FENS Voices | Ugne Birstonaite: Setting goals
25 November 2022
FENS News, Neuroscience News
FENS is delighted to talk with Ugne Beatrice Birstonaite, a student in grade 12 at Vilnius Vytautas Magnus Gymnasium in Lithuania, who won 3rd place in the International Brain Bee competition. Her curiosity and interest in lucid dreaming developed into a passion for brain research. After going to university, she plans to work in academia and to pursue her own research. Read the full interview below.
Congratulations on your excellent result at the 2022 International Brain Bee World Championship. You managed to reach 3rd place! How was the competition?
UB: Thank you so much! The competition was great. Because the IBB this year took place virtually, at first I didn’t think it would be possible to meet and have such a great time with other national winners. But, thanks to the efforts of the IBB team that managed the organisation process, all activities with other champions and lectures were very interesting and inspiring.
When and how did you become interested in brain research?
UB: I became interested in neuroscience when, while in the 7th grade, I attended a lecture about sleep and heard about lucid dreaming. After that, I started to learn more and more about the brain and my fascination for neuroscience increased.
Did the place where you grew up or your family’s background play any role in nurturing this fascination?
UB: Not really. Most of my family members’ work is related to social sciences. So, my interest for neuroscience and science in general developed on its own, without input from their side. My family always supported me and never pressured me to follow their career path.
What do you enjoy doing in your spare time?
UB: I like to play musical instruments, especially piano. Also, I really enjoy hiking.
If you would be asked to best define the brain in one word, what would it be?
How did you first hear of the IBB and when did you first compete?
UB: I first heard about the Brain Bee competition when I discovered on social media the registration for the Lithuanian Brain Bee (LBB). I competed for the first time in the LBB in 2021. I didn’t win that time; however, I was one of the top finalists. Thankfully, I didn’t give up and I decided to try again this year, and that’s when I won the first place in the LBB and got the opportunity to represent Lithuania in the International Brain Bee.
What was the reaction of your relatives when they heard you had done so well in the IBB World Championship?
UB: Everyone was very happy, and we all later celebrated. When I first won the Lithuanian Brain Bee, my relatives were of course truly proud and excited, but also surprised as I hadn’t mentioned to them that I would be participating in the competition.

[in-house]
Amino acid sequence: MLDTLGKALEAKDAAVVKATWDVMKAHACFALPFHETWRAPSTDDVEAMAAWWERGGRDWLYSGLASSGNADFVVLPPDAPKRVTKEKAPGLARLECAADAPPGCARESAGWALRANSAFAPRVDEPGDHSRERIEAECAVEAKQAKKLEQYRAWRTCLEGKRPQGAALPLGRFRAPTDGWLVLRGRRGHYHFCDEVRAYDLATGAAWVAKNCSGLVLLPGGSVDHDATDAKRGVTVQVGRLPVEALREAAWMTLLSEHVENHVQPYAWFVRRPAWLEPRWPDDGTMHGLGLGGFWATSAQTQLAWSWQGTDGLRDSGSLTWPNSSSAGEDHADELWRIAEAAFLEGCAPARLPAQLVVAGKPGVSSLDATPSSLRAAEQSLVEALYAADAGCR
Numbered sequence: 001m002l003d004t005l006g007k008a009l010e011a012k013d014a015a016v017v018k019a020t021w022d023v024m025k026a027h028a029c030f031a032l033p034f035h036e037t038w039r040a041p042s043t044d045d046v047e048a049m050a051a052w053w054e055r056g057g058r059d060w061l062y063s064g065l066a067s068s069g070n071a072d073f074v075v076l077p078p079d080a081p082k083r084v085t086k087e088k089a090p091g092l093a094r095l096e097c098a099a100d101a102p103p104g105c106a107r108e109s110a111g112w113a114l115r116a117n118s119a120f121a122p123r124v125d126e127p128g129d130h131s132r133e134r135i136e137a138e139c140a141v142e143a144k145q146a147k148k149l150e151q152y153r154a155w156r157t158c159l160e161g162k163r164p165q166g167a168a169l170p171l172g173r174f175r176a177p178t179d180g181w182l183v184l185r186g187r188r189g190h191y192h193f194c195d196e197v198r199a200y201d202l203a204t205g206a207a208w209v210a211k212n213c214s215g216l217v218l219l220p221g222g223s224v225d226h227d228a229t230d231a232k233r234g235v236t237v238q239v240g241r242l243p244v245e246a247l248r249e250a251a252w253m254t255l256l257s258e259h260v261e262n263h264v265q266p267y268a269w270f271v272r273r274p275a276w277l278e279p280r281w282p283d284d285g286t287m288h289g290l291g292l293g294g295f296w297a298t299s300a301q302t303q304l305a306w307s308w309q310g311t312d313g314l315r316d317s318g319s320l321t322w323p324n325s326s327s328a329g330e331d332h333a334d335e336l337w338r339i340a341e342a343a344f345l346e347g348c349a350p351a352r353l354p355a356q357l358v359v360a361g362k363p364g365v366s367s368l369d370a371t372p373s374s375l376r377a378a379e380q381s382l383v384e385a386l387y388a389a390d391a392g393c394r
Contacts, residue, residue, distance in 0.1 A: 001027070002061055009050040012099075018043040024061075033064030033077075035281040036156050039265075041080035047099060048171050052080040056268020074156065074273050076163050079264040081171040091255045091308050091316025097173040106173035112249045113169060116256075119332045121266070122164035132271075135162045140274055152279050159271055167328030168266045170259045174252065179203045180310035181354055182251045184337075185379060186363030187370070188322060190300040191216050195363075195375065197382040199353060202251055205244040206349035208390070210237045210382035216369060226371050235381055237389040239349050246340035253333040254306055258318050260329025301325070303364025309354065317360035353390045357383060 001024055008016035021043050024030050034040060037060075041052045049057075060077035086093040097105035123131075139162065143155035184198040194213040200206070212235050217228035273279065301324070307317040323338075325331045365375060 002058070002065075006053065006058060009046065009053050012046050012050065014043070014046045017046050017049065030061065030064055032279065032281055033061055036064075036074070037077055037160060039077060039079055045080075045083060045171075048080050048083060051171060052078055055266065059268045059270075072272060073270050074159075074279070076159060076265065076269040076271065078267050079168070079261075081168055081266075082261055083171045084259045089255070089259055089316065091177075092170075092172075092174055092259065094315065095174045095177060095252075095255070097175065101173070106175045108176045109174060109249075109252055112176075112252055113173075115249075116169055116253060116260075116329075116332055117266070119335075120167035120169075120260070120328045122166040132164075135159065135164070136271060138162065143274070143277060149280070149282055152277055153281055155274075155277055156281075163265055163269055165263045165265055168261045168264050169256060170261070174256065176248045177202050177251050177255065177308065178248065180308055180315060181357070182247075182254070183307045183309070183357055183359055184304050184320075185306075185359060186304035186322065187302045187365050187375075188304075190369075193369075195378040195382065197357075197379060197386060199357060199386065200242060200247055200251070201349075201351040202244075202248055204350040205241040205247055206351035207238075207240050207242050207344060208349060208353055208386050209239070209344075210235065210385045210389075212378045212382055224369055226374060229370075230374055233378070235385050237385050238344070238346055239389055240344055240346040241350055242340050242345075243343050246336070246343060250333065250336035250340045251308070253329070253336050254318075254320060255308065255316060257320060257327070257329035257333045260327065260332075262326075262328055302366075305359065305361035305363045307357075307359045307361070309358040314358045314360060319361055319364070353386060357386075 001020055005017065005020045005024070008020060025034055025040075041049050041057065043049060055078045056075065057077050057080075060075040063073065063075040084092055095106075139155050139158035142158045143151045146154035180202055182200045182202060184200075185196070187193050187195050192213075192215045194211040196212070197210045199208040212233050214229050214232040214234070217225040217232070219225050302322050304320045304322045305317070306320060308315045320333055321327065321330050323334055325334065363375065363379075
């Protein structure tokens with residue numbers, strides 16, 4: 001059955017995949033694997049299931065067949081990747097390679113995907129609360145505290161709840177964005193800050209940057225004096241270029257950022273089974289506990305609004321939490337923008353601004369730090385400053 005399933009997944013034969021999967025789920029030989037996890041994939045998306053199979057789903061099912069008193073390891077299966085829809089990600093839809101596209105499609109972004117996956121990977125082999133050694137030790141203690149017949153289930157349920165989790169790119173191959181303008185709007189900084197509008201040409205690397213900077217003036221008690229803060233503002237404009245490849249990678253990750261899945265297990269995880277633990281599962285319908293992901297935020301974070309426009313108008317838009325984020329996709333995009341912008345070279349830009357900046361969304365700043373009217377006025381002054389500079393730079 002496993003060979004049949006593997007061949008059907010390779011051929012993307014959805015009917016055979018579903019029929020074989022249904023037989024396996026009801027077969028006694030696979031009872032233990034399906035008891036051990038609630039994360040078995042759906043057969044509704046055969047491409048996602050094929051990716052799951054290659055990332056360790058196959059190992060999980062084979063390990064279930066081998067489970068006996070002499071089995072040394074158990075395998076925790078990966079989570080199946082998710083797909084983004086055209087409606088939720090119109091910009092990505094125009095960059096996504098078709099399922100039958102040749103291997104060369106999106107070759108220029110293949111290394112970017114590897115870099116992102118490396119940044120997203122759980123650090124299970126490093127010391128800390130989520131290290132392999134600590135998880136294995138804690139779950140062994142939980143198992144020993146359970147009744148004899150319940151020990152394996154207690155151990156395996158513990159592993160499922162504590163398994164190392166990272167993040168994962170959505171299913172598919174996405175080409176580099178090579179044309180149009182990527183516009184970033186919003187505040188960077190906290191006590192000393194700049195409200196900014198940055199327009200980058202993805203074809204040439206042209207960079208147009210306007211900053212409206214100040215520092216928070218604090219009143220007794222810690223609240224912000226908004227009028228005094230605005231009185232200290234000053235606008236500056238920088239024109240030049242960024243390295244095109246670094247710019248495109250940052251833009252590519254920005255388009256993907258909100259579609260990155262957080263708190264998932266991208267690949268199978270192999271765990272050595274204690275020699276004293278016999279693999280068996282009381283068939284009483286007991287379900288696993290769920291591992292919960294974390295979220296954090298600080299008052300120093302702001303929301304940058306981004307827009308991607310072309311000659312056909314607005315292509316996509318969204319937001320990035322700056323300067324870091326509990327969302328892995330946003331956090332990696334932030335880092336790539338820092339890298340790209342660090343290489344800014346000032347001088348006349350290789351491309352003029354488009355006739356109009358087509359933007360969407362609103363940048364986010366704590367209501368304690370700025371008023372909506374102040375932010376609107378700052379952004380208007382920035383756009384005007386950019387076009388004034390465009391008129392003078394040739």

What did you learn from others during this year’s IBB? Could you share the most interesting advice that you and other students received from neuroscience mentors?
UB: When we socialised, we mostly talked about our personal lives and cultures, which was very exciting. For example, we talked about our favourite movies and a few national champions brought up the names of their favourite local filmmakers, which I later watched and really enjoyed. We had an amazing time even after the competition. For example, I visited the national champion of the Netherlands and we spent a wonderful day together. From the mentors, I learned the many steps needed to become a neuroscientist and that the most important step towards reaching a goal is to set a deadline by which the goal has to be fulfilled.
Who are your biggest inspirations and what sets them apart from others?
UB: I am mostly inspired by my family members, as with them I have developed the most valuable connections. But I never had one person that I looked up to. I most often find inspiration in the simple things. For example observing how different people think about life, deal with different challenges and how they experience emotions.
What are your plans for the future?
UB: Currently, I am in my final year of high school and hopefully next year I will be studying for a bachelor’s degree in cellular biology or a related subject in university. I imagine myself working in academia, doing my own research. I haven’t decided yet what area I would want to focus on during my research, but I still have plenty of time to decide and I still have to hear about a lot of things I don’t know yet.
About International Brain Bee (IBB)
The International Brain Bee was incorporated in 2018 as a non-profit educational organisation. The IBB’s Board is comprised of six governing partners: the Alzheimer’s Association, the American Psychological Association (APA), the Dana Foundation, the Federation of European Neuroscience Societies (FENS), the International Brain Research Organization (IBRO) and the Society for Neuroscience (SfN). Other partners and sponsors of the IBB include Leadership Initiatives, the International Youth Neuroscience Association and CollegeAdvisor.
About the Federation of European Neuroscience Societies (FENS)
FENS is a governing partner of the International Brain Bee. Founded in 1998, the Federation of European Neuroscience Societies is the main organisation for neuroscience in Europe. It currently represents 44 national and single-discipline neuroscience societies across 33 European countries and more than 22,000 member scientists. Discover FENS and subscribe to our biweekly News Alert, with information on our latest calls and activities.